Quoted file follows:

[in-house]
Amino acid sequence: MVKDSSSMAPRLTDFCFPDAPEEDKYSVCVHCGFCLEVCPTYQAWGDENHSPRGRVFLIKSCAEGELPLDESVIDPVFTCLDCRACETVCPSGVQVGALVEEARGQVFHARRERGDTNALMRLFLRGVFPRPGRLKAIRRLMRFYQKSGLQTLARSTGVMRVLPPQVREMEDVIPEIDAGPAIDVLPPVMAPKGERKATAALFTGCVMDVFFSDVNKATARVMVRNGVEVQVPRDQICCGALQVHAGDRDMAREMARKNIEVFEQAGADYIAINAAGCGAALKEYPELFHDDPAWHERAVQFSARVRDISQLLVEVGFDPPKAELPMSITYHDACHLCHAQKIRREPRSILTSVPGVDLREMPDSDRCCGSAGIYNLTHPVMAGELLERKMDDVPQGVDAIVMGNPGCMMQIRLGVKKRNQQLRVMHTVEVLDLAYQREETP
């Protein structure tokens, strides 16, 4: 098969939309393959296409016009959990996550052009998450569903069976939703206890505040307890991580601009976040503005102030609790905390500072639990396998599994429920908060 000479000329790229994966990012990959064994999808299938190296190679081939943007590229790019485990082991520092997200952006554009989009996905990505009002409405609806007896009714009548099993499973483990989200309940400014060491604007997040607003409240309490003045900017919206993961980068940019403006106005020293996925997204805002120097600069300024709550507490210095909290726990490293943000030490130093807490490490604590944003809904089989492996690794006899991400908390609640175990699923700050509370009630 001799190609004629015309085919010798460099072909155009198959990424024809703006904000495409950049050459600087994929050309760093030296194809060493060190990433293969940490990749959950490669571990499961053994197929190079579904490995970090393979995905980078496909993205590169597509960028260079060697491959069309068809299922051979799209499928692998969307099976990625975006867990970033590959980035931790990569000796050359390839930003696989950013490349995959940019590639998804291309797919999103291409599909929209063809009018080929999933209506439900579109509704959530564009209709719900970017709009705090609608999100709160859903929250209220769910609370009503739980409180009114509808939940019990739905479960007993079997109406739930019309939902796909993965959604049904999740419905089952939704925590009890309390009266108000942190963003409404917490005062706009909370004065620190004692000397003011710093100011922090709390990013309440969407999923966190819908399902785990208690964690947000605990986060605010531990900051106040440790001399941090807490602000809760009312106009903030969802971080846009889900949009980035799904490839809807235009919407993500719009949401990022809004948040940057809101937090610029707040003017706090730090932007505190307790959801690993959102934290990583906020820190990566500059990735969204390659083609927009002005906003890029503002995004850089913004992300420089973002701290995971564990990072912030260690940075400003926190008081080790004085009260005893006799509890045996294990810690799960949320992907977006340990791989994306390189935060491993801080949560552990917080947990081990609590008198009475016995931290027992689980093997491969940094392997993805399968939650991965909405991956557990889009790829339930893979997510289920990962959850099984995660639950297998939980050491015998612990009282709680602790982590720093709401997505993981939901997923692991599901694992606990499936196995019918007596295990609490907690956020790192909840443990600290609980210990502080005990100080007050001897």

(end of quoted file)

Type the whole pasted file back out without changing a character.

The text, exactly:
[in-house]
Amino acid sequence: MVKDSSSMAPRLTDFCFPDAPEEDKYSVCVHCGFCLEVCPTYQAWGDENHSPRGRVFLIKSCAEGELPLDESVIDPVFTCLDCRACETVCPSGVQVGALVEEARGQVFHARRERGDTNALMRLFLRGVFPRPGRLKAIRRLMRFYQKSGLQTLARSTGVMRVLPPQVREMEDVIPEIDAGPAIDVLPPVMAPKGERKATAALFTGCVMDVFFSDVNKATARVMVRNGVEVQVPRDQICCGALQVHAGDRDMAREMARKNIEVFEQAGADYIAINAAGCGAALKEYPELFHDDPAWHERAVQFSARVRDISQLLVEVGFDPPKAELPMSITYHDACHLCHAQKIRREPRSILTSVPGVDLREMPDSDRCCGSAGIYNLTHPVMAGELLERKMDDVPQGVDAIVMGNPGCMMQIRLGVKKRNQQLRVMHTVEVLDLAYQREETP
């Protein structure tokens, strides 16, 4: 098969939309393959296409016009959990996550052009998450569903069976939703206890505040307890991580601009976040503005102030609790905390500072639990396998599994429920908060 000479000329790229994966990012990959064994999808299938190296190679081939943007590229790019485990082991520092997200952006554009989009996905990505009002409405609806007896009714009548099993499973483990989200309940400014060491604007997040607003409240309490003045900017919206993961980068940019403006106005020293996925997204805002120097600069300024709550507490210095909290726990490293943000030490130093807490490490604590944003809904089989492996690794006899991400908390609640175990699923700050509370009630 001799190609004629015309085919010798460099072909155009198959990424024809703006904000495409950049050459600087994929050309760093030296194809060493060190990433293969940490990749959950490669571990499961053994197929190079579904490995970090393979995905980078496909993205590169597509960028260079060697491959069309068809299922051979799209499928692998969307099976990625975006867990970033590959980035931790990569000796050359390839930003696989950013490349995959940019590639998804291309797919999103291409599909929209063809009018080929999933209506439900579109509704959530564009209709719900970017709009705090609608999100709160859903929250209220769910609370009503739980409180009114509808939940019990739905479960007993079997109406739930019309939902796909993965959604049904999740419905089952939704925590009890309390009266108000942190963003409404917490005062706009909370004065620190004692000397003011710093100011922090709390990013309440969407999923966190819908399902785990208690964690947000605990986060605010531990900051106040440790001399941090807490602000809760009312106009903030969802971080846009889900949009980035799904490839809807235009919407993500719009949401990022809004948040940057809101937090610029707040003017706090730090932007505190307790959801690993959102934290990583906020820190990566500059990735969204390659083609927009002005906003890029503002995004850089913004992300420089973002701290995971564990990072912030260690940075400003926190008081080790004085009260005893006799509890045996294990810690799960949320992907977006340990791989994306390189935060491993801080949560552990917080947990081990609590008198009475016995931290027992689980093997491969940094392997993805399968939650991965909405991956557990889009790829339930893979997510289920990962959850099984995660639950297998939980050491015998612990009282709680602790982590720093709401997505993981939901997923692991599901694992606990499936196995019918007596295990609490907690956020790192909840443990600290609980210990502080005990100080007050001897």